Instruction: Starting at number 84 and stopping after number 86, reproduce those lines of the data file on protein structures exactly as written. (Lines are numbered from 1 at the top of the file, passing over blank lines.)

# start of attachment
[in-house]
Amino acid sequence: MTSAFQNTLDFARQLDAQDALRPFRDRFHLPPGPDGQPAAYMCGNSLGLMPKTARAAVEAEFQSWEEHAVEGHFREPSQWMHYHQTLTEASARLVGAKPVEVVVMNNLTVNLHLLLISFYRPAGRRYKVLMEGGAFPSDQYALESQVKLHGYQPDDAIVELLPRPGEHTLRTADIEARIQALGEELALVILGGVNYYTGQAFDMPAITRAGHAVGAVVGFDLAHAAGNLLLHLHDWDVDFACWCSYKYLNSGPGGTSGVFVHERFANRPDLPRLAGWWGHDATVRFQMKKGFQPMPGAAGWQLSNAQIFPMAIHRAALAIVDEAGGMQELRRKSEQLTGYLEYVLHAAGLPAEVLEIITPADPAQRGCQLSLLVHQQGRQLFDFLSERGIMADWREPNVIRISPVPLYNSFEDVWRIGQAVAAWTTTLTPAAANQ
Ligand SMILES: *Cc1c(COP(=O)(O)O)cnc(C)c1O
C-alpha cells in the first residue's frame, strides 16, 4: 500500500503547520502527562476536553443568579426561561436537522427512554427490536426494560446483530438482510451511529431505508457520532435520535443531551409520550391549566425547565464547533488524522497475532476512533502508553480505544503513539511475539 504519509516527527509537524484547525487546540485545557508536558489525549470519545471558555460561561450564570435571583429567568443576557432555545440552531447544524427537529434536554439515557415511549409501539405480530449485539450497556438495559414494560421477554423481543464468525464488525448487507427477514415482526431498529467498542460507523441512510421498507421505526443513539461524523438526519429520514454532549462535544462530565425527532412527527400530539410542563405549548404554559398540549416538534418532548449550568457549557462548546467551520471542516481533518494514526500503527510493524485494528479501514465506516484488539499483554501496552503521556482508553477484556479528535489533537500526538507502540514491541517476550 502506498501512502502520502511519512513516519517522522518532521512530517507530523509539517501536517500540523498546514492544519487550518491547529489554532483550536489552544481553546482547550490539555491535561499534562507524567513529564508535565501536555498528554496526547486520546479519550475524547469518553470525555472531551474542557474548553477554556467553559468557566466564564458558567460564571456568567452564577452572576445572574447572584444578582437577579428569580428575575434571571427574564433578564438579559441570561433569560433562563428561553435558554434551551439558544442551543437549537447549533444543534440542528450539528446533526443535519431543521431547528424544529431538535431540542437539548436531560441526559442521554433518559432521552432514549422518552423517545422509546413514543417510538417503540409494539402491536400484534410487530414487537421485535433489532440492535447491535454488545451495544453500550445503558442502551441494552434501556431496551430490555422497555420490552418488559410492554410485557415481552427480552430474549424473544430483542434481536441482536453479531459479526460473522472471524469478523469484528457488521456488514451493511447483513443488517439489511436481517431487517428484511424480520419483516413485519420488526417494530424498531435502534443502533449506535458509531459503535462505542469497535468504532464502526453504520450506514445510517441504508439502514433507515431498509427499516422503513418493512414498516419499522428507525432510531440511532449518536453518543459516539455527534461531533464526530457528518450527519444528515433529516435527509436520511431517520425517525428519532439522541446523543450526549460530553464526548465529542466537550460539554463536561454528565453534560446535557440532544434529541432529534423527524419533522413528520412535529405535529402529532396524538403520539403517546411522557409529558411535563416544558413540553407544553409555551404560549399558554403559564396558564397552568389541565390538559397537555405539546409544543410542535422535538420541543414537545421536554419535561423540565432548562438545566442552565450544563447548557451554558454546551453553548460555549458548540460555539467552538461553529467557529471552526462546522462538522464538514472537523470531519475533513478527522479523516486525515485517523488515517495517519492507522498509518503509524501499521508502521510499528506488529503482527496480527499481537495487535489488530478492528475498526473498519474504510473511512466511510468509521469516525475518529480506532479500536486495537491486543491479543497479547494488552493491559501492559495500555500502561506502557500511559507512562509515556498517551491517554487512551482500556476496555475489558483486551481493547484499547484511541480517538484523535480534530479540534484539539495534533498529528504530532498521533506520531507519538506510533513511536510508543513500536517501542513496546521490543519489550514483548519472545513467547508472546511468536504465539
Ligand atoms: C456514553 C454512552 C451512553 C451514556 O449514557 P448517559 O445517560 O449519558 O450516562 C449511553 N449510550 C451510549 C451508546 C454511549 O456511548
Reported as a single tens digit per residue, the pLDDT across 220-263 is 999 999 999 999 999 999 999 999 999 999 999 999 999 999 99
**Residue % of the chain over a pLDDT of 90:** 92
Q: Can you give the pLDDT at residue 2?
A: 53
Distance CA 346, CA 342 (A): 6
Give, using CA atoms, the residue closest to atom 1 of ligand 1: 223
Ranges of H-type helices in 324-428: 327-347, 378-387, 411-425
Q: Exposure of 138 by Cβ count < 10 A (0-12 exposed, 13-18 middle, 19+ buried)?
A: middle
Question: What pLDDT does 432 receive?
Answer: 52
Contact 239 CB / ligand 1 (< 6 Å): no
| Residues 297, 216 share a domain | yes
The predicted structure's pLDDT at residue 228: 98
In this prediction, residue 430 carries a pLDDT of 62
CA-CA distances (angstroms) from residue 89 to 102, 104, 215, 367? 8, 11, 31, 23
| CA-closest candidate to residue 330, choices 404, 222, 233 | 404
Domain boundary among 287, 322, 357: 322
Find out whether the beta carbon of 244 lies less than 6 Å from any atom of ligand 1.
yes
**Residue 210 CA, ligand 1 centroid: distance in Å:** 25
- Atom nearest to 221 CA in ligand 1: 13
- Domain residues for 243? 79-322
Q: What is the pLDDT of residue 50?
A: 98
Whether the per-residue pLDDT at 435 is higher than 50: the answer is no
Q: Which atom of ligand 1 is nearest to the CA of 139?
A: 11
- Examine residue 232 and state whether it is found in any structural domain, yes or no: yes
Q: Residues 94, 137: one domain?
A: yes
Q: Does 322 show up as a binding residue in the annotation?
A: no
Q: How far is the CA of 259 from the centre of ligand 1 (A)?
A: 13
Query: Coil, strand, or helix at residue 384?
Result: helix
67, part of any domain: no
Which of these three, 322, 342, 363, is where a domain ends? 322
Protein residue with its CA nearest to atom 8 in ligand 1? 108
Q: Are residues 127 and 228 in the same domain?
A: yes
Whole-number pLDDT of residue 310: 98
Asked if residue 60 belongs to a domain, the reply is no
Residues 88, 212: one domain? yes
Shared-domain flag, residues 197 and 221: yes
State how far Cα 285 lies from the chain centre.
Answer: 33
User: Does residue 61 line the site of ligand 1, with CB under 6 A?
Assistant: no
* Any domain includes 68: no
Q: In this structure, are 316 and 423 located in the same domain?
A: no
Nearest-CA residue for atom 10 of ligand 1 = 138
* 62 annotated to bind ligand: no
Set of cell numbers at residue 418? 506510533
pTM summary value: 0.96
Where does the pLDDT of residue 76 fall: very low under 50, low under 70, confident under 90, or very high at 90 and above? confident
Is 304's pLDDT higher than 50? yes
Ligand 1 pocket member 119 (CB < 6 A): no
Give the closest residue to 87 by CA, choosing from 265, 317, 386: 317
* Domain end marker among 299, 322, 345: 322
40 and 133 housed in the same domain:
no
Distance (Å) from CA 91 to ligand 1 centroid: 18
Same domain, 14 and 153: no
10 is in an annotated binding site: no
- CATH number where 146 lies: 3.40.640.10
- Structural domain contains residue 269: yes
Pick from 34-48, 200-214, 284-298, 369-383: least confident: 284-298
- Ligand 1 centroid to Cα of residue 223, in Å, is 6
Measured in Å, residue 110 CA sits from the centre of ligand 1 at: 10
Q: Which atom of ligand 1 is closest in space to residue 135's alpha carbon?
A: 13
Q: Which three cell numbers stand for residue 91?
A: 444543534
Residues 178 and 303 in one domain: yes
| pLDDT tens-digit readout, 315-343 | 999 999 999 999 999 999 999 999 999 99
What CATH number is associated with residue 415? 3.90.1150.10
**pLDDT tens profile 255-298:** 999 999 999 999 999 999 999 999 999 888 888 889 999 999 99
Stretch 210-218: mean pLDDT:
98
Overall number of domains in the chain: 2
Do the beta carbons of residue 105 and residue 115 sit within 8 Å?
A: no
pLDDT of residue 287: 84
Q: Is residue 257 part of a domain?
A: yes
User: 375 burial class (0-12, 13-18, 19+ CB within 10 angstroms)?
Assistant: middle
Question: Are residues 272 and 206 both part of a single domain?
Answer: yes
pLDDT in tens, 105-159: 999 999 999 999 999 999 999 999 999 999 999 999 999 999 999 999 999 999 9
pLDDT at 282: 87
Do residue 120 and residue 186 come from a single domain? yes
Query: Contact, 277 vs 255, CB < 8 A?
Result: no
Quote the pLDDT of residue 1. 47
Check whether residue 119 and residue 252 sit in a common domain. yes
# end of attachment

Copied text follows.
What CATH number is associated with residue 415? 3.90.1150.10
**pLDDT tens profile 255-298:** 999 999 999 999 999 999 999 999 999 888 888 889 999 999 99
Stretch 210-218: mean pLDDT: